Remembering 9/11

Prior to the 10th anniversary of the attack on the World Trade Center, the City of Conover became intimately involved. A contingent of officials from Conover were given the opportunity to claim a remnant of the World Trade Center for commemoration and display in Conover. They traveled to New York City and returned with a footing from the North Tower that will be on permanent display at the new Conover Station. The following is an account as reported in the Hickory Daily Record (September 10th, 2011)


Conover Fire Chief Mark Hinson and Fire Engineer Mark Stafford examine the 9/11
 remnant piece of the Twin Towers. This was a support footing from the bottom of
 the North Tower.  (photo by Robert C. Reed, HDR)

CONOVER — It’s a square of reinforced concrete and rusting steel that otherwise wouldn’t garner much attention or comment.

But when you realize it’s from a lower level of the North Tower of the World Trade Center, it seems to take on a whole new meaning. The bent and ripped steel in the section speaks volumes about the implosion of the tower after terrorists flew a commercial airliner into it on Sept. 11, 2001.

“It’s amazing at how this thing looks after seeing the destruction that took place that day,” said Fire Engineer Mark Stafford at Conover Fire Station 1, where the piece will remain until a permanent location for it is determined.

The piece arrived at the fire station on Friday on the back of the flatbed city truck that carried it from New York. Fire Chief Mark Hinson, Conover Police Chief Steve Brewer, City Manager Donald Duncan, Don Barker and Bradley Dixon traveled to New York this week to bring the piece to Conover.

Hinson said the group went to Ground Zero Wednesday night to view the site where the Twin Towers once soared above the skyline of Manhattan. Two holes remain where the towers once sat, Hinson said, and red, white and blue lights illuminated everything that night.

“It was just a feeling of pride and what America is,” Hinson said standing near the piece. “It made you feel good to be an American.”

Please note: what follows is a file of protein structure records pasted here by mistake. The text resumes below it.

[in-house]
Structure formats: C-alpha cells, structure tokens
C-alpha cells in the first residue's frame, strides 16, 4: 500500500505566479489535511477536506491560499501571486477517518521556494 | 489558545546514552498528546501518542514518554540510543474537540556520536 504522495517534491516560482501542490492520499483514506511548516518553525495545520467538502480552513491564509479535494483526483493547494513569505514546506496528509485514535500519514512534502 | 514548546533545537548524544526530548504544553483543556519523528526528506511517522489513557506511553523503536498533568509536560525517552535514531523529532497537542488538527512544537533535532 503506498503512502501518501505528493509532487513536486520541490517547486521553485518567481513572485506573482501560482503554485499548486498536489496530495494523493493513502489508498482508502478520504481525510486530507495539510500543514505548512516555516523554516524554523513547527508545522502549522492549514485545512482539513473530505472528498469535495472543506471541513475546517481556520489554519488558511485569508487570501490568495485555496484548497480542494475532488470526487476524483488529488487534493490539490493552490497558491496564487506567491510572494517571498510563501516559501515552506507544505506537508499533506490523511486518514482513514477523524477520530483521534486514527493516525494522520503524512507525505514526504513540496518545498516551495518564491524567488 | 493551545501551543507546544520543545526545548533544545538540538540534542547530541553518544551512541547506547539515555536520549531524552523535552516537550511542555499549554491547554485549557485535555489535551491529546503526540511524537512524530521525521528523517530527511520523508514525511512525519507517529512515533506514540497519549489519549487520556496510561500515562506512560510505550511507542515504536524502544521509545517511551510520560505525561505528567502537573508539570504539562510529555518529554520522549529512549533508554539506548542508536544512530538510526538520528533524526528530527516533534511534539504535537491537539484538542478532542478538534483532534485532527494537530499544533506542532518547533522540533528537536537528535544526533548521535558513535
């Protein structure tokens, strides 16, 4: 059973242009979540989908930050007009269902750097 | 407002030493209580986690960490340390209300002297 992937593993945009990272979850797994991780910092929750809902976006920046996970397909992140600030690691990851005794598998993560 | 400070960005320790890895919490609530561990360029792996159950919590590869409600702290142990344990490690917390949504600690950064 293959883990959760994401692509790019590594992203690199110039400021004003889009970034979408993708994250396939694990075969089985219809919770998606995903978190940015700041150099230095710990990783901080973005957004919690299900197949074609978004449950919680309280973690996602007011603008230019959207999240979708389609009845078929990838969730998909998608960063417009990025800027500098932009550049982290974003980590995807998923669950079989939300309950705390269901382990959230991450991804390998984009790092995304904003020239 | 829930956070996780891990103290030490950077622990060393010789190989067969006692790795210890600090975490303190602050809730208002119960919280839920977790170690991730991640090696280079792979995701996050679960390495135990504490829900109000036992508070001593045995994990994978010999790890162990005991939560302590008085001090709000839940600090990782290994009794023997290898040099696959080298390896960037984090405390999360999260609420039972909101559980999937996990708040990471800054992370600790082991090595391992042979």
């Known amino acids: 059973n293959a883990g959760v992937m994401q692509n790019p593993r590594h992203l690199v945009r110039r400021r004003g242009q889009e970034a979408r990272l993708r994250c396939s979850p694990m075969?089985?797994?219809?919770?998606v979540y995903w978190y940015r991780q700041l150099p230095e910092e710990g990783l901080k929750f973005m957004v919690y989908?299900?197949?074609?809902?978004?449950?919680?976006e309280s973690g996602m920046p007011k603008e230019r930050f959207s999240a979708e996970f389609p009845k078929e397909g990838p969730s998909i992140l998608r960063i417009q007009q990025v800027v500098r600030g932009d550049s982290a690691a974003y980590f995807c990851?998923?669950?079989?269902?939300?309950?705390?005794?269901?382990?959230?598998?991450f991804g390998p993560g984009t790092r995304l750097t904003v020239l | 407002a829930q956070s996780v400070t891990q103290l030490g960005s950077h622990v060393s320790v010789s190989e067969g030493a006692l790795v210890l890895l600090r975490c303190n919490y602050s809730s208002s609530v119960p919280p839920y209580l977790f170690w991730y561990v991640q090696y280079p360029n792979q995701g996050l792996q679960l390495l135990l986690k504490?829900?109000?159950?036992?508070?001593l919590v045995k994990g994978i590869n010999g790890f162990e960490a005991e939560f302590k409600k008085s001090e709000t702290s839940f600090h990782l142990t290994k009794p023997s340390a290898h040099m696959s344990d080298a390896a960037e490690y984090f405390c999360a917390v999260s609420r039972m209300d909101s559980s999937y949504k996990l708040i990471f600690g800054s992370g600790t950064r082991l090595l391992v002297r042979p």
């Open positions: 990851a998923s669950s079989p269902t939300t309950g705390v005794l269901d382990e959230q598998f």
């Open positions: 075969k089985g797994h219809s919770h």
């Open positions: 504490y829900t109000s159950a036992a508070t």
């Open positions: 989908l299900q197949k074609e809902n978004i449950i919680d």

A fire station across from the site has a 40 to 50-foot-long memorial for the 343 firefighters who lost their lives that day, Hinson said. Having the piece gives him a sense of being part of something a lot larger and connects them to what happened on 9/11 and what those firefighters went through, he said.

On Friday, Stafford talked about the attacks as he stood near the piece. The last time he was in New York was tor New Year's Day 2008, he said. He and a group of other firefighters were staying in a hotel beside the lire station that housed Engine 54 and Ladder 4. The station, even though it is in mid­town Manhattan, suffered the most casualties on 9/11. losing 15 firefighters, according to news reports.

One day during their visit, Stafford and his friends were walking by the fire station when Stafford heard someone from the station yell for him. Turns out it was firefighter Matt Boone, a former Asheville firefighter who had gone through some training with Stafford. Boone, who is now an NYC firefighter, took Stafford and the other firefighters in his group on a tour of the fire station, which is in the Times Square area.

 

A memorial made up of three mantels that hold the picture of each firefighter, their date of birth and the date they died, as well as their firefighter shield and badge off their helmets, sirs in the fire station, Stafford said. Cleaning the memorial is the first thing that is done at the station every morning, he said.

 

Visitors aren’t allowed to take photos of the memorial. Stafford said, out of respect for those who died and their families. Standing near the concrete and steel piece from the North Tower on Friday, Stafford told of a little girl who made a good grade in school and stopped by the fire station to leave it at her father's picture.

 

City of Conover officials vied for a remnant of the towers after learning the New York and New Jersey Port Authority, which owned the World Trade Center, had items it was giving away.

 

The piece, which Hinson estimated weighs between to 1,700 pounds, will be dedicated on Sunday in a ceremony to mark the 10th anniversary of 9/11. The ceremony starts at 8:45 a.m. at the park in downtown Conover, across from the police department.

 

City officials welcome the public to stop by Fire Station 1 to see the remnant during normal business hours.


 


The 9/11 remnant piece of the Twin Towers was
 a support footing from the bottom of the North
 Tower  (photo by Robert C. Reed, HDR)


Conover Fire Chief Mark Hinson removes straps
 from the 9/11 remnant piece of Twin Towers.
  This was a support footing from the bottom of the
 North Tower (photo by Robert C. Reed, HDR)
 

 [Courtesy of the HICKORY DAILY RECORD, September 10, 2011, Sharon McBrayer reporting]

 


BRINGING HOME A REMINDER OF 9/11

 

 


Engine and Ladder Company, NYFD


Engine 10 - "Still Standing"

 


Memorial wall, Station 10


"May We Never Forget"

 


On the fork lift in New York City...


...loaded on the truck, bound for Conover

 


Conover contingent (L-to-R) City Manager Donald Duncan, Don Barker, Tom Prendergast,
 Conover Police Chief Steve Brewer, Conover Fire Chief Mark Hinson, Brad Myers of Public Works.
(photo by Nick Prendergast)


Conover Fire Crew

9/11 Dedication Ceremony

["Bringing Home A Reminder of 9/11" photos by Don Barker, except as noted]


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